This “wonderfully positive” book about innovations in investment and finance is as ‘must-read’ for anyone working in impact investing, according to Christopher Walker.
- This book is about “innovations in the practice of finance and investment that can create sustainable outcomes”.
- Capitalism is still the best solution, but we can do better. We need to start making “changes using strategies, structures, and tools that take advantage of capitalism’s strengths and how they can work in concert to create systems change”.
- The author argues for six key strategic paradigm shifts in investing.
- Most insightful are his arguments for “a fundamental reconceptualization of the venture capital model to align it with the needs of small and growing businesses”.
This is a book everyone in impact investing should read. It draws on Kusisami Hornberger’s advisory work on more than 200 investment projects with leading development finance institutions, family offices, foundations, and private equity funds.
“While I never became a professor…I love coming up with unique insights and sharing them.” And he does. This book is about “innovations in the practice of finance and investment that can create sustainable outcomes” because “not all investments [are] created equal and some do more good than others.”
Reasons to be cheerful
As such this is a wonderfully positive book. “We are making significant and rapid progress to end poverty,” he asserts, noting extreme poverty – people living on less than $2.15 a day – is less than one-third of what it was 20 years ago. “This may be one of the greatest human achievements of our time.”
He also sees signs of progress on race equality. Between 1986 and 2016 in the US the proportion of Latinx families with zero or negative wealth dropped by nearly from 40 to 33%.
The author notes that global health is perhaps the area in which the most positive progress has been made. The number of new HIV/AIDS infections per million people has more than halved from 1997 to 2020, and the incidence of malaria declined by 25% between 2000 and 2019. “Life expectancy is rising globally as child mortality has halved since 1990.”
This is all quite refreshing compared to the usual gloom-laden litany found in many books.
Capitalism still ‘best solution’
The author believes capitalism is still the best solution “but we can do better”. This book, he explains, is about how we can start making those changes “using strategies, structures, and tools that take advantage of capitalism’s strengths and how they can work in concert to create systems change”.
He argues for six key strategic paradigm shifts in investing
- Seek financial health, not financial access.
- Provide patient capital, not venture capital.
- Be an impact-first investor, not an ESG investor.
- Offer catalytic finance, not just blended finance.
- Measure success based on results, not on activities.
- Provide capacity building, not just capital.
His arguments on impact measurement and catalytic finance will be familiar to many impact investors, but no less worthy. Nor will they be surprised by Hornberger’s assertion that “at best, ESG provides a weak signal of an investment’s full environmental or social performance or risk; at worst, it allows greenwashing that diverts companies’ attention from effective solutions to social and environmental challenges. Many companies with negative impacts but ESG facades are rewarded for good practices but don’t deliver meaningful outcomes”. Ouch.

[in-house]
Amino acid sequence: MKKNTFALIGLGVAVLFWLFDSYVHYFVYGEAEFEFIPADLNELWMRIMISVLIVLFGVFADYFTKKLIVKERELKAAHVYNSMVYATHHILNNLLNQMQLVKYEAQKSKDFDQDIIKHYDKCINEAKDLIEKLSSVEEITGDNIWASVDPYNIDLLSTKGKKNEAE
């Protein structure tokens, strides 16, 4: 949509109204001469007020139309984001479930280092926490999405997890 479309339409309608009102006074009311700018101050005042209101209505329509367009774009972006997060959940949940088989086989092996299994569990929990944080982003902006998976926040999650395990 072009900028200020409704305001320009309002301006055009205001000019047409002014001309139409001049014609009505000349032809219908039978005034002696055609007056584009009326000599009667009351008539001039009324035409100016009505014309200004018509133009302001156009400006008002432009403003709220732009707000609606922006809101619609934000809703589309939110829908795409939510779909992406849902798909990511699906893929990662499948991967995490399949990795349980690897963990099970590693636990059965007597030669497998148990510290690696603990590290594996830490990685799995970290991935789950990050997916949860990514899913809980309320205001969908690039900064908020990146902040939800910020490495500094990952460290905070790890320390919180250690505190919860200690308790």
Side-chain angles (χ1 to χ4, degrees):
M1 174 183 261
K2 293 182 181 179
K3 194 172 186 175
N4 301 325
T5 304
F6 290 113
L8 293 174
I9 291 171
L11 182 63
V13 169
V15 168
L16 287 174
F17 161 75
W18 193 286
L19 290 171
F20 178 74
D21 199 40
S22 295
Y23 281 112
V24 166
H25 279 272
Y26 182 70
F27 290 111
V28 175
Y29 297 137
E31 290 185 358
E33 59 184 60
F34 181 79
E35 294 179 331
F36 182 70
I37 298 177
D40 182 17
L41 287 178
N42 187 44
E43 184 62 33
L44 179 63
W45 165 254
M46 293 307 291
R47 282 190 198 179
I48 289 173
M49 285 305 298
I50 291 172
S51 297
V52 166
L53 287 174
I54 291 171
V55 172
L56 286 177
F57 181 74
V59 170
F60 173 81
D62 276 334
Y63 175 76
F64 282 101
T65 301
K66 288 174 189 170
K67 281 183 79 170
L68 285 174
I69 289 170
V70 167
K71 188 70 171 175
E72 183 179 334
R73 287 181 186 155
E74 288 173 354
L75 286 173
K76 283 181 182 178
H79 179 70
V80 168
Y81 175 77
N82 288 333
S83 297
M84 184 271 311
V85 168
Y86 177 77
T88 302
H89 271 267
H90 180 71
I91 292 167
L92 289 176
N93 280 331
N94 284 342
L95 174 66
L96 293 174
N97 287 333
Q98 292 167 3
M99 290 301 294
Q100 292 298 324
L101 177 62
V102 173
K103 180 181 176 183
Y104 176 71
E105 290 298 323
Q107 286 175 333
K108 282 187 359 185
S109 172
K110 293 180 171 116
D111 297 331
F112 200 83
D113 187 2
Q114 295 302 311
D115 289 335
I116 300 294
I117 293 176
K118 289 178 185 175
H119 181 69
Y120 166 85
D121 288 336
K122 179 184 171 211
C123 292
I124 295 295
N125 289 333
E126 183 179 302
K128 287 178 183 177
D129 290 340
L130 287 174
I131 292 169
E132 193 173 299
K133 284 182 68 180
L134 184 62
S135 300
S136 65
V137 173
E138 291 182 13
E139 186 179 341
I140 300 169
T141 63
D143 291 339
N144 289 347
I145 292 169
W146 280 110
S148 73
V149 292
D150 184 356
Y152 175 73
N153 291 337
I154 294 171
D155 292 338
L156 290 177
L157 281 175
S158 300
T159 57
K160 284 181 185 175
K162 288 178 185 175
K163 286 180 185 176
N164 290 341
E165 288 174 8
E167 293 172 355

I found his comments on financial health particularly interesting. “Greater access to financial services matters less than whether your financial services contribute to improving your life.” The impact of microcredit on the livelihoods of the poor is too often “modest”. The solution? He cites Sasha Dichter, of 60 Decibels, a pioneer in promoting listening to client voices to understand impact. Dichter says: “The first thing we did was to collect data on poverty profiles of customers, and it worked…this was the way forward.”
Likewise, Hornberger makes excellent arguments for technical assistance to investees, also known as capacity-building support. Apparently, just 44% of blended finance funds include any sort of technical assistance facility, and only 25% of impact investors have externally funded technical assistance services.
Nicholas Colloff, director at the Argidius Foundation discusses working with TechnoServe, a US-based NGO to build a particular business acceleration programme in Latin America.
Patient capital, not venture capital
Most insightful of all are his arguments for “a fundamental reconceptualization of the venture capital model to align it with the needs of small and growing businesses”.
He runs through myriad solutions. Open-ended capital vehicles, that extend the capital deployment and return runway beyond 10 years. For example, Acumen Fund is only now exiting Ziqitza Healthcare Ltd – which provides emergency ambulance services in India – after sticking with them for 18 years to see the business reach its potential.
He describes how Novastar built a complex blended capital structure with $15m in junior equity from development finance institutions (DFIs), including FMO, and $50m of senior equity from other institutional investors (BII, Dutch Good Growth Fund, EIB, and Norfund), and private investors (JP Morgan).
In Hornberger’s discourse on mezzanine financing, I discovered simple agreements for future equity, or SAFEs. Elemental Excelerator, is mentioned as an example for providing a new non-profit funding model for climate tech using two types of SAFE products.
In summary, there is a lot of wisdom and experience in this book.